Brainlash is a mild, traumatic whiplash to the brain and central nervous system.
Dr. Denton coined the term 'brainlash' in 1991 in an attempt to define and describe the experience of sustaining a whiplash not only to the neck, but to the entire cerebrospinal structure, from the tailbone up through to the brain.
Brainlash effectively rattles the core of the nervous system and supporting musculature.
This brain whiplash affects spinal alignment, and creates soft tissue irritation from the low back through to the mid-thoracic region, and up into the neck and head.
Describing what happens in a whiplash to the neck will equally describe what can also simultaneously happen to the brain. The back-and-forth, high-velocity 'whip' to the brain's infrastructure causes microscopic shears and tears. This structural strain can be too subtle to be detected on diagnostic scans.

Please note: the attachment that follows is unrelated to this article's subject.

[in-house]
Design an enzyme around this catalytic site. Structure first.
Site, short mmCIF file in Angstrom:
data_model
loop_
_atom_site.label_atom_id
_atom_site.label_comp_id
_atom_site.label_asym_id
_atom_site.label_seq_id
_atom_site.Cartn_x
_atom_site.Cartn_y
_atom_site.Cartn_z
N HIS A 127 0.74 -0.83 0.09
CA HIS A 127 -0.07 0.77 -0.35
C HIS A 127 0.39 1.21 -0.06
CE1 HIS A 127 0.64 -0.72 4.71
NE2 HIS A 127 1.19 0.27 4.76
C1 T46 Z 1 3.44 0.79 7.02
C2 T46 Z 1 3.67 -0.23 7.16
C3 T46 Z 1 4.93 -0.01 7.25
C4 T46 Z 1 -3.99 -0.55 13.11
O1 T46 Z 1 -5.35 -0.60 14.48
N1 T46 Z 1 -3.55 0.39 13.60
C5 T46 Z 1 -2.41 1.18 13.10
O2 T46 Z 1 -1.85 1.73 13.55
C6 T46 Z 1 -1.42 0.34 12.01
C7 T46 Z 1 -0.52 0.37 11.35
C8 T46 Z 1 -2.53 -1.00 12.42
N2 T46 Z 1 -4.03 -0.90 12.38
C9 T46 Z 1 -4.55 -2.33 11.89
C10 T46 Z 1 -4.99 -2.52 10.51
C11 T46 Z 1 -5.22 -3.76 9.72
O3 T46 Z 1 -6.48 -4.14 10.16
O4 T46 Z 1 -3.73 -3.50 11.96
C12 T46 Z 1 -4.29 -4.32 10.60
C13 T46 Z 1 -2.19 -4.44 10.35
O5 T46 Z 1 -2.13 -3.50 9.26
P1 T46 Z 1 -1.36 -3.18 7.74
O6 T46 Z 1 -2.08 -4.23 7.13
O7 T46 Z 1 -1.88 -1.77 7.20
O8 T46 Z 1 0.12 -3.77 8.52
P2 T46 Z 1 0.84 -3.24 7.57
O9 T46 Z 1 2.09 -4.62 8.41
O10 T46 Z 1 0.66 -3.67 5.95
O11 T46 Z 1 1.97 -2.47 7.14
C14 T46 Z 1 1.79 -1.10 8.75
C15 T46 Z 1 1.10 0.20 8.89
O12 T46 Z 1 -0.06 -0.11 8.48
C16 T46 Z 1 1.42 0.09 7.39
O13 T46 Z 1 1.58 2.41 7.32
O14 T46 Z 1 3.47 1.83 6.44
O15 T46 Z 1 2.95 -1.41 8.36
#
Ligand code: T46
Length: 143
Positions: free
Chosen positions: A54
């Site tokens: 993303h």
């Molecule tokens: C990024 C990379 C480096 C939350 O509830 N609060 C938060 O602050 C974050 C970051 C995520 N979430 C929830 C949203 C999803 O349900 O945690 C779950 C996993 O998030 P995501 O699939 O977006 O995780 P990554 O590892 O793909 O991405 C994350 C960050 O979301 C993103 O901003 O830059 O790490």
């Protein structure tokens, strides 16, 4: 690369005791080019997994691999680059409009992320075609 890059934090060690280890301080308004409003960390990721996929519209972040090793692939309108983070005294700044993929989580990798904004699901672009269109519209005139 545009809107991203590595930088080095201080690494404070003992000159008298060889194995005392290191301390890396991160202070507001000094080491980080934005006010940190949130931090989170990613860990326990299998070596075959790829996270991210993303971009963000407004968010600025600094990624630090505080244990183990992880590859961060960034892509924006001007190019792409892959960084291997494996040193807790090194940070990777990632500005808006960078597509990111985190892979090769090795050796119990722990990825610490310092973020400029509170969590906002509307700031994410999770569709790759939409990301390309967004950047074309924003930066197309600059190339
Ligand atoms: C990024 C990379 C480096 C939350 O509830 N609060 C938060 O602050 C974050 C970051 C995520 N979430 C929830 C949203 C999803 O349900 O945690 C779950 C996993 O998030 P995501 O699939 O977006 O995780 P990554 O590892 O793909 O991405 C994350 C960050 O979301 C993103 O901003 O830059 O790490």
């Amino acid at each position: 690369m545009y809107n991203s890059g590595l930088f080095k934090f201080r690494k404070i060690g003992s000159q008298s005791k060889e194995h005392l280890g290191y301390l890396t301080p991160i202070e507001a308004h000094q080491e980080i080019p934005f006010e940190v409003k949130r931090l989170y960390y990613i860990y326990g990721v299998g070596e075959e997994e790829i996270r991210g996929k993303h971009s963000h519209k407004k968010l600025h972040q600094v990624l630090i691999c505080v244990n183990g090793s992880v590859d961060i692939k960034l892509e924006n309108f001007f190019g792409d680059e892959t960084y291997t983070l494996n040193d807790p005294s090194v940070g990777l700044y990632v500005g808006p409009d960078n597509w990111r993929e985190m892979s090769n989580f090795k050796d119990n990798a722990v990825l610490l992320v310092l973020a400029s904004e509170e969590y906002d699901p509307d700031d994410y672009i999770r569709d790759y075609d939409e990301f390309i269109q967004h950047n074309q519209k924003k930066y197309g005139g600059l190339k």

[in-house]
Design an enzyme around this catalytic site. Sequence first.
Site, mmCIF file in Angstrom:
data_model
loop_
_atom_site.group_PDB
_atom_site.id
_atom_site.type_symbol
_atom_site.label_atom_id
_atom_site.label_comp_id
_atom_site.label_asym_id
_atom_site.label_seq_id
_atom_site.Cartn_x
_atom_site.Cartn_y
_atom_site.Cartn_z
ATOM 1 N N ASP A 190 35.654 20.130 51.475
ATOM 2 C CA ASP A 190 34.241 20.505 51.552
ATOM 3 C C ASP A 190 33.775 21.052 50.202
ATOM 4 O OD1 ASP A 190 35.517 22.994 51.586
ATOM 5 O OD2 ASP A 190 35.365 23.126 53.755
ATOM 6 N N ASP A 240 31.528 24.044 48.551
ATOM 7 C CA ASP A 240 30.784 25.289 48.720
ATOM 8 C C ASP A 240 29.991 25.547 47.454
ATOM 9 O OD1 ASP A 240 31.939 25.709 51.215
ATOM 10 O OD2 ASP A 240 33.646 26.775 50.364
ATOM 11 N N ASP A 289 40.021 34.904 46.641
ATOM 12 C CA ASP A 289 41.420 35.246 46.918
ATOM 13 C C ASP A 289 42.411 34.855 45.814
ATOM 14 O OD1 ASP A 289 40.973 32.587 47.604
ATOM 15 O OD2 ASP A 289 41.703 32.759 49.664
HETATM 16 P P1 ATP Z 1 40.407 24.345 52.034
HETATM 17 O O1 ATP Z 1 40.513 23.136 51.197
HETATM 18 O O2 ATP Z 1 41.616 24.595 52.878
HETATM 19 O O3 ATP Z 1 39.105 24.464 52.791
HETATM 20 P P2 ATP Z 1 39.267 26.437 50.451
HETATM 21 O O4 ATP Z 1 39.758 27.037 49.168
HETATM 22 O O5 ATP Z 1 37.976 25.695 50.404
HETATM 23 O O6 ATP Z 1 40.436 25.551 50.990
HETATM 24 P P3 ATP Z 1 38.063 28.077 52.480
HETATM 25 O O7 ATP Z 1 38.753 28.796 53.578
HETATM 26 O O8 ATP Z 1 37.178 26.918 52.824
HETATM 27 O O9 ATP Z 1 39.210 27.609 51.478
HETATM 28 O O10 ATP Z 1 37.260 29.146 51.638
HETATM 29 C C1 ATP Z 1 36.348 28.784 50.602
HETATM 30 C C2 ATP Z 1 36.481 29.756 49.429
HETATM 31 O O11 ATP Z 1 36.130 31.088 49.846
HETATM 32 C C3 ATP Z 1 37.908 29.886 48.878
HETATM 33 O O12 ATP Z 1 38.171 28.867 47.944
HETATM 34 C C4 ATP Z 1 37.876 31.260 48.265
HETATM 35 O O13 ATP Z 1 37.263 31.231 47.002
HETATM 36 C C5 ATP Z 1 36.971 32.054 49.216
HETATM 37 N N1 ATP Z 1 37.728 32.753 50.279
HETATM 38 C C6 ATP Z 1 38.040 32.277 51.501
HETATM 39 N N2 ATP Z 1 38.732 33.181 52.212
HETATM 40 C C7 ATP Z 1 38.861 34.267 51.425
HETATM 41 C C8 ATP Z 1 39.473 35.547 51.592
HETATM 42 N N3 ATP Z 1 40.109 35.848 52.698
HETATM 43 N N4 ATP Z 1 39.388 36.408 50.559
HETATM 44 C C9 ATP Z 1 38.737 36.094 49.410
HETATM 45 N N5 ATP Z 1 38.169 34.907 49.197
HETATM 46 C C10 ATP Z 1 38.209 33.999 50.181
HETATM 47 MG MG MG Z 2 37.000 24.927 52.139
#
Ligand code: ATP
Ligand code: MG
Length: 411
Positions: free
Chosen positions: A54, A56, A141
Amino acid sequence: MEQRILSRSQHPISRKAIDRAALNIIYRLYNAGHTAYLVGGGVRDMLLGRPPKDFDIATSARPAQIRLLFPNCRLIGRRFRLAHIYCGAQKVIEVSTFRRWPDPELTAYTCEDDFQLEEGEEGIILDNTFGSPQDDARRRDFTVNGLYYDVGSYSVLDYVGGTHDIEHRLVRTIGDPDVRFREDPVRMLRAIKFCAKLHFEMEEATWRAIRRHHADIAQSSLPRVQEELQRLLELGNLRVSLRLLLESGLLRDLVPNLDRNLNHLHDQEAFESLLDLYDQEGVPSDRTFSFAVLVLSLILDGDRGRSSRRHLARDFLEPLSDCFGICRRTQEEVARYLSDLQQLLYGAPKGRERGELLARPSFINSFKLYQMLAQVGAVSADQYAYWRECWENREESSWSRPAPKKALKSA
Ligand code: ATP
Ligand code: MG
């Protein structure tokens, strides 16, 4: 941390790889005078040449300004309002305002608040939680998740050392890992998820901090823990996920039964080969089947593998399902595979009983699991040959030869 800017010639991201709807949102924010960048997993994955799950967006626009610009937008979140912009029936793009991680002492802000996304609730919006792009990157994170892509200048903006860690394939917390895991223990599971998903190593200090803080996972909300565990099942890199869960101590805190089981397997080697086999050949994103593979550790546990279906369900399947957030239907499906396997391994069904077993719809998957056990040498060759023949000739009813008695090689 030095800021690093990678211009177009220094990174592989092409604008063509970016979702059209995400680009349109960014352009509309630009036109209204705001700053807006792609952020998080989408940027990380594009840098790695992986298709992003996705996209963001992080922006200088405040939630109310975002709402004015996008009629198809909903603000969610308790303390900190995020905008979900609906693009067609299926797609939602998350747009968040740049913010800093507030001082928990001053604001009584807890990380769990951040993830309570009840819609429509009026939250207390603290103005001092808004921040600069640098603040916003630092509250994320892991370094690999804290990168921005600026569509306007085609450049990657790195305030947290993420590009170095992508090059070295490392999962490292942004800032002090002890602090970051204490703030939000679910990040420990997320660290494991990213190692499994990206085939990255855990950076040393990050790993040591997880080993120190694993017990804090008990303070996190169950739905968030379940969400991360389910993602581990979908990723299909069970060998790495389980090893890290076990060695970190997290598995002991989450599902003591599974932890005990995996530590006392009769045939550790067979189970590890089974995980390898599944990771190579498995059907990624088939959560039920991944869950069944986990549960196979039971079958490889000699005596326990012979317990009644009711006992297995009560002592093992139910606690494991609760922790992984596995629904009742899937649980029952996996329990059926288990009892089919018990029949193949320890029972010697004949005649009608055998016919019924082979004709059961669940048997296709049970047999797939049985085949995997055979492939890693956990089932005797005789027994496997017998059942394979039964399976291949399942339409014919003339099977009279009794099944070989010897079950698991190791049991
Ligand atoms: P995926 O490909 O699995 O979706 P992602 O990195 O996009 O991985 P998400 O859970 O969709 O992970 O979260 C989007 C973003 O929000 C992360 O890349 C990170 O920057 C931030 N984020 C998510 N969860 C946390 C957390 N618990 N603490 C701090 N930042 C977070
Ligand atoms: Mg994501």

Brainlash is a collection of subtle and often miniscule shears and tears inside the brain.
While these micro-shears lead to the manifestation of symptoms that are very real to the sufferer, they are frequently subtle and thus undetectable via conventional diagnostic tests geared towards more obvious injuries. To the casual observer, MTBI sufferers actually look like their normal selves from the outside. This can lead family and caregivers to misunderstand the often devastating impact of brainlash, leaving both the sufferer and the supporters feeling at sea.
But there is hope.